Depression, physical activity and mental health: an interpretative phenomenological analysis of healthcare professionals’ attitudes to exercise referral schemes

Miller, Paul K. and Ward, Rachel Louise (2013) Depression, physical activity and mental health: an interpretative phenomenological analysis of healthcare professionals’ attitudes to exercise referral schemes. In: University of Cumbria Research and Enterprise Conference, 6 July 2013, University of Cumbria, Lancaster, UK. (Unpublished)

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Depression is, today more than ever, a profoundly serious public health concern in the UK, impacting upon the lives of individuals from all social backgrounds and strata (Yohannes & Caton, 2010). Moreover, and contrary to the often-held stereotype of a relatively simple disorder of mood, the condition manifests in an additional array of psychological and somatic symptoms such as “…loss of interest and pleasure, loss of appetite, weight loss/gain, sleep disturbance, psychomotor agitation or retardation, energy decrease, sense of worthlessness, guilt, difficulty in concentrating, or thoughts of suicide.” (Legrand & Heuze, 2007, p.348). In recent years a body of research has emerged dedicated to exploring the value and impacts of exercise in assisting individuals suffering from depression (see Callaghan, Khalil, Morres, & Carter, 2011; Carter, Callaghan, Khalil, & Morres, 2012), and Exercise Referral Schemes (ERS) have been developed to provide access to structured programmes of physical activity. Robust evidence indicates that such physical activity can have strong positive impacts upon the rehabilitation process, not least in terms of enhancing happiness with physical appearance and providing venues for social interaction (Daley, MacArthur, & Winter, 2007; Johnson & Taliaferro, 2011). Despite the well-documented success of various ERSs, and the relative affordability thereof when compared to CBT or pharmaceutical options, however, rates of such referral in cases of mild to moderate depression are low (Callaghan, Khalil, Morres, & Carter, 2011). The research reported in this paper stems from a high-definition investigation of the attitudes of a small number of General Practioners in the North West (N=4), utilising Interpretative Phenomenological Analysis (Pringle, Drummond, McLafferty, & Hendry, 2011; Smith, Flowers, & Larkin, 2009) to reveal how such attitudes are embedded in first- and second-hand experience of ERSs, with a view to illuminating why progress toward their wider use remains slow in the locale.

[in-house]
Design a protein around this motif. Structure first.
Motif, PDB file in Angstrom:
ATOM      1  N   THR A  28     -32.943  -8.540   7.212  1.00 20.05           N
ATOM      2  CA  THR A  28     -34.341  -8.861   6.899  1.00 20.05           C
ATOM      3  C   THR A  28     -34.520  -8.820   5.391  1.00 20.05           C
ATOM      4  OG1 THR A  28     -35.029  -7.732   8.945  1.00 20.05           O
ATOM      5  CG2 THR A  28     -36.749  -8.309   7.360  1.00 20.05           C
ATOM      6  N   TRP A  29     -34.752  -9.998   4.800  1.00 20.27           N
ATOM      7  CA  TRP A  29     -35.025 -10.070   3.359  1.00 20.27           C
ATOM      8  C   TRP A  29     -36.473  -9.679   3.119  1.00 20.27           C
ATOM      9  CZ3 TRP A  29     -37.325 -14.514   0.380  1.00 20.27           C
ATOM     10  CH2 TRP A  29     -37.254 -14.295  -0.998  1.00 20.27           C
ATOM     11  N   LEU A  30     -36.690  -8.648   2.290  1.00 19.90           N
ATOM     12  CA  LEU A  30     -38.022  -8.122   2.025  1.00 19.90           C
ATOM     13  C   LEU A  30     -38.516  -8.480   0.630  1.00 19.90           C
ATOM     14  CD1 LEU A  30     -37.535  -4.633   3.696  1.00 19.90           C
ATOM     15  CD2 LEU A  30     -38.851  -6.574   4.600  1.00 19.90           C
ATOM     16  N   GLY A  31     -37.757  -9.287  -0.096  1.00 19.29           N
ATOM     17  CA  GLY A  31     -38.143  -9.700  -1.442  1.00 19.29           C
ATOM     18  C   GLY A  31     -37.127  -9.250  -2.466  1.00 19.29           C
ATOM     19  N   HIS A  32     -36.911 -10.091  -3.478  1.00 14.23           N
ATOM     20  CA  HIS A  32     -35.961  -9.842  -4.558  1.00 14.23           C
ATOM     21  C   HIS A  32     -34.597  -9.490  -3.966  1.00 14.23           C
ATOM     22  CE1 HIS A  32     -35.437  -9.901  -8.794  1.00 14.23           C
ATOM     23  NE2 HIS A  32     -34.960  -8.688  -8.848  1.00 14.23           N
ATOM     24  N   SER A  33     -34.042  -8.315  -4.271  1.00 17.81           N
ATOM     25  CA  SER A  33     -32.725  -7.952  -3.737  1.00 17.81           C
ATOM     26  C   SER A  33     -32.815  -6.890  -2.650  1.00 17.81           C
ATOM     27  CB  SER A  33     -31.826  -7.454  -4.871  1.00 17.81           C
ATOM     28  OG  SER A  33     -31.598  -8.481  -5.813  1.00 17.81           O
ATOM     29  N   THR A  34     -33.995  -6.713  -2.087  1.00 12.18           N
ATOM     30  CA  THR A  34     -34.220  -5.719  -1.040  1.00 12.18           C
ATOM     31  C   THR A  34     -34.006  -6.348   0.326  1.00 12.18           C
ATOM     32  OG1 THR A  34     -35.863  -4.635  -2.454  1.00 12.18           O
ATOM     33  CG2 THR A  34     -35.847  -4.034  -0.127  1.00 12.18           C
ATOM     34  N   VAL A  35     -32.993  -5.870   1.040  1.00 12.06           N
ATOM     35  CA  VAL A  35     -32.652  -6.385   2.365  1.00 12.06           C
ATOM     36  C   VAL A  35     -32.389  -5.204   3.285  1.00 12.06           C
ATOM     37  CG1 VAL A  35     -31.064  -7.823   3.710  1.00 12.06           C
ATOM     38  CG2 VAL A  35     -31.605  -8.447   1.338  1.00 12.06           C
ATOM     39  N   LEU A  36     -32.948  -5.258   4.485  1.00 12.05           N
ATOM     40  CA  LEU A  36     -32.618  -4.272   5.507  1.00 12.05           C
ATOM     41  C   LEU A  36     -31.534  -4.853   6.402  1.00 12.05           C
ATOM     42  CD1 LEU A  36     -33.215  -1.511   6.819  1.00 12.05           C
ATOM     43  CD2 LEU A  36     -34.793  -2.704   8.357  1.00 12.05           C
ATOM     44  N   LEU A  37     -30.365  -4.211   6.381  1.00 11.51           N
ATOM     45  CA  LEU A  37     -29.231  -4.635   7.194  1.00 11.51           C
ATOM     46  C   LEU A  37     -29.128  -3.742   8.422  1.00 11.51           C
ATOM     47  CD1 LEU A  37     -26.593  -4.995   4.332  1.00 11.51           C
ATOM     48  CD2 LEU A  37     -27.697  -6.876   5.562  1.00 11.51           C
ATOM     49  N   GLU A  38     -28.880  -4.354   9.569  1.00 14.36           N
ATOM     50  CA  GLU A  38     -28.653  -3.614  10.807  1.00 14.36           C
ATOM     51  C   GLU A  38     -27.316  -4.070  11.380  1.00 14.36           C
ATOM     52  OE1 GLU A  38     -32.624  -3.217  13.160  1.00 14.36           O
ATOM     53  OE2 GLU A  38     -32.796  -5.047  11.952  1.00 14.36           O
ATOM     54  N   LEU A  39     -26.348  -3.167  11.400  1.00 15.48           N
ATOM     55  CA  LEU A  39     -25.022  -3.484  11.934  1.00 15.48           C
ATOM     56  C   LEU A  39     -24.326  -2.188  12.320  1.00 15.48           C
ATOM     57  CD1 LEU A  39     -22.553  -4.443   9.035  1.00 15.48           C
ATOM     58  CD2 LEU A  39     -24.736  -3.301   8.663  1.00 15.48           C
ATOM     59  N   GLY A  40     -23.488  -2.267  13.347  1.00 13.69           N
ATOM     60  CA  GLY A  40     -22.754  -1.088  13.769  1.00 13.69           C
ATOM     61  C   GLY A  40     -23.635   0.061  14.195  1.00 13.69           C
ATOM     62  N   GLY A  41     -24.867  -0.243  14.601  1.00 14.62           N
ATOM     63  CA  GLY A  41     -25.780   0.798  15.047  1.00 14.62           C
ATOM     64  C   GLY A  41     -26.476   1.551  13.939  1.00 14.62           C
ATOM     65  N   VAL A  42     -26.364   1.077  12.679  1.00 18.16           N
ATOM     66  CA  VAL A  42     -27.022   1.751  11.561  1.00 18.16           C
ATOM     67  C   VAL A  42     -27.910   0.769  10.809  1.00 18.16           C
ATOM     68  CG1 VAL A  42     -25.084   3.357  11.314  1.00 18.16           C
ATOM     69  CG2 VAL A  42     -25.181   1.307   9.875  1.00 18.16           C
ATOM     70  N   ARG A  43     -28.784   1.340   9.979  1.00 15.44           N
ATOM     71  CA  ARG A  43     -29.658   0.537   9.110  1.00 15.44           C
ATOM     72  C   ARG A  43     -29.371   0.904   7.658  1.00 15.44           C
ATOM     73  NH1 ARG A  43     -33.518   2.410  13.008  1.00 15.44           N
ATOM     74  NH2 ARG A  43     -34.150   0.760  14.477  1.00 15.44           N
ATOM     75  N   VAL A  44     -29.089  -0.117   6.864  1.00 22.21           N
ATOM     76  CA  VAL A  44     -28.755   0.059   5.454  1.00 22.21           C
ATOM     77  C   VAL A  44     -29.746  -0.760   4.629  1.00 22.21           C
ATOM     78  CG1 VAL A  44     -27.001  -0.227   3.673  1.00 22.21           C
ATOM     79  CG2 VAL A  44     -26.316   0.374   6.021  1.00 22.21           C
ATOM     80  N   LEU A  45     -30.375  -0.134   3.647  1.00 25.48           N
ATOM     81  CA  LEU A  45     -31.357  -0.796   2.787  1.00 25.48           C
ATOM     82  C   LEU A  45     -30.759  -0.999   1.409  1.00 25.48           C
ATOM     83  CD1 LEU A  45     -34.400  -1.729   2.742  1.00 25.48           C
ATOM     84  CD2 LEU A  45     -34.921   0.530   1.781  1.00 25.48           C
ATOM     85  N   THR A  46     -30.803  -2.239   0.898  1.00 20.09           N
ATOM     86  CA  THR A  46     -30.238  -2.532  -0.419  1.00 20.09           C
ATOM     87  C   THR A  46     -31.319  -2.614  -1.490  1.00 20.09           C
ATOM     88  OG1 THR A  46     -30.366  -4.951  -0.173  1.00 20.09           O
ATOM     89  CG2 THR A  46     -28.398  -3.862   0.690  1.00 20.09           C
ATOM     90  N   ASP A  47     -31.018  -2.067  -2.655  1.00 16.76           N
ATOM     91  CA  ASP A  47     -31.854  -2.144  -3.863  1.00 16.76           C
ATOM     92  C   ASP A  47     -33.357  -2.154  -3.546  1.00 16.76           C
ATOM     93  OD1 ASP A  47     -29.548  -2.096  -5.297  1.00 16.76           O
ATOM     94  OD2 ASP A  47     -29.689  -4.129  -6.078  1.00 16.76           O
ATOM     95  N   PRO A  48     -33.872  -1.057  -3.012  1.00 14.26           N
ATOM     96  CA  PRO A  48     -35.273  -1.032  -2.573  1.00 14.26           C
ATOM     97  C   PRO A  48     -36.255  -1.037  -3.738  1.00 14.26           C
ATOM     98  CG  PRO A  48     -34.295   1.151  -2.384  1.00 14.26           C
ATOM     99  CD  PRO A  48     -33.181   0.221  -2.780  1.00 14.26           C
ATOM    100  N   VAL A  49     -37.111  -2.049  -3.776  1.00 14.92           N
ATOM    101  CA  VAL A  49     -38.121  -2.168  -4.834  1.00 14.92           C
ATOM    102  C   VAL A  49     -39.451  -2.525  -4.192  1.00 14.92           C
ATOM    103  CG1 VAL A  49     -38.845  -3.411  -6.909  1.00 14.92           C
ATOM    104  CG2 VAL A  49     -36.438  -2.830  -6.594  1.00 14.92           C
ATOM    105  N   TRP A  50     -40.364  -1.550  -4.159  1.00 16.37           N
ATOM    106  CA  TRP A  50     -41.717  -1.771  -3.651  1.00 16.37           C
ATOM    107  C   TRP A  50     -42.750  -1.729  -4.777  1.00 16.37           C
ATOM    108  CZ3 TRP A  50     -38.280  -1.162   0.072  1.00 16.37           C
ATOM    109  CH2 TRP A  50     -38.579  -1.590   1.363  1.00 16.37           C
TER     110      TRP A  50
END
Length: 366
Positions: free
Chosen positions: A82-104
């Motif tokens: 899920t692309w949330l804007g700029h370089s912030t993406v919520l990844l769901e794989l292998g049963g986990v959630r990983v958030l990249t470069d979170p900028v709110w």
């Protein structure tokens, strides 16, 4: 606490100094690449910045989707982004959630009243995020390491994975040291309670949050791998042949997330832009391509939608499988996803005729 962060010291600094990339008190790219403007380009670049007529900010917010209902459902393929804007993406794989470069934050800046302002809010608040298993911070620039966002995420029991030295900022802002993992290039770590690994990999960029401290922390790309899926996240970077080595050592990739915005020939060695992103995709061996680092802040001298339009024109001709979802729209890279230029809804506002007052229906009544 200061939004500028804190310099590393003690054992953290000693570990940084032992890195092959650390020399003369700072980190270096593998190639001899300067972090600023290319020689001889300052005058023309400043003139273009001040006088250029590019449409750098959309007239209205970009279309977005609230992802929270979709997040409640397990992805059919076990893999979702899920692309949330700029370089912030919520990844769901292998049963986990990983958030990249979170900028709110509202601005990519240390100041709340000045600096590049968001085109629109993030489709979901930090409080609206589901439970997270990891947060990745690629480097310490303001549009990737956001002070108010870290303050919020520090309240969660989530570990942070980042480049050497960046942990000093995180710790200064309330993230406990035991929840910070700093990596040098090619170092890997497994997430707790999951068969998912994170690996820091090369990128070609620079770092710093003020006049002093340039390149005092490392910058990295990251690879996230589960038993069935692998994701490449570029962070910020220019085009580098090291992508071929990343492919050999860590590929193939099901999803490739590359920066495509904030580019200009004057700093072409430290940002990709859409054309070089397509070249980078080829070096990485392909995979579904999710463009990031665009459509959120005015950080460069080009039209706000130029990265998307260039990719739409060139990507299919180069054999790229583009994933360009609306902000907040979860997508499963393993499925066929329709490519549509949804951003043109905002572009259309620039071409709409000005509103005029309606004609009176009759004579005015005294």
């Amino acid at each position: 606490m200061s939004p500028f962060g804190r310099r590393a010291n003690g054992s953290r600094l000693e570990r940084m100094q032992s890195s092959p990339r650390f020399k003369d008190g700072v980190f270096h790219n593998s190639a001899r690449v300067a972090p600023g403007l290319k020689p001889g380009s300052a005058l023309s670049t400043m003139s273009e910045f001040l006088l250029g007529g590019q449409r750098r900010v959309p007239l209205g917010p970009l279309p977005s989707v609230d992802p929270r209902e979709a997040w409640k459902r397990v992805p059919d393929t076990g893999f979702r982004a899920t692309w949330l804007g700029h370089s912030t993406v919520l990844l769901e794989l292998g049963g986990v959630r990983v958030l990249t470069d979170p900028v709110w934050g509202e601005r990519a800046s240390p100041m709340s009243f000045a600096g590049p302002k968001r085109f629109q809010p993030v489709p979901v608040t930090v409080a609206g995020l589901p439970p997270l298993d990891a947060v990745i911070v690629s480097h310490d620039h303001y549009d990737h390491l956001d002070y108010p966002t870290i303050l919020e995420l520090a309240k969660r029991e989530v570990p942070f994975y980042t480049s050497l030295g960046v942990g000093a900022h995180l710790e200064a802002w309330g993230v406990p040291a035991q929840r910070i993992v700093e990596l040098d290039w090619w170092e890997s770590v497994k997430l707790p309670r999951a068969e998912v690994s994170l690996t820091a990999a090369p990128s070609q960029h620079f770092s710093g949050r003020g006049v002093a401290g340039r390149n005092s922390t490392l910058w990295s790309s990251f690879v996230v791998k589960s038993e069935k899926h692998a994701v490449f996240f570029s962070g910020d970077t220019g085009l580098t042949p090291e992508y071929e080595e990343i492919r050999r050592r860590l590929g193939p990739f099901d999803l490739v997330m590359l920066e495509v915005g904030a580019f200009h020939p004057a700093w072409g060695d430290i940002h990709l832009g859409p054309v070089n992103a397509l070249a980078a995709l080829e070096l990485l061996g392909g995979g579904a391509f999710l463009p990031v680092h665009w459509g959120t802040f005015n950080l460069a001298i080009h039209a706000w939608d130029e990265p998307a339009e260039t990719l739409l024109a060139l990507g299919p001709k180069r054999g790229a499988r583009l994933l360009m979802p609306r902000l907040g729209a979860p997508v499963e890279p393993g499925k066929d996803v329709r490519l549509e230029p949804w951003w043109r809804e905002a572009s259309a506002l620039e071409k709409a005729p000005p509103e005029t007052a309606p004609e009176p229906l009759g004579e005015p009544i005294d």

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Item Type: Conference or Workshop Item (Speech)
Departments: Faculty of Health and Science > Medical and Sports Sciences > Health and Medical Sciences
Depositing User: Paul K. Miller
Date Deposited: 02 Mar 2018 16:34
Last Modified: 02 Mar 2018 16:43


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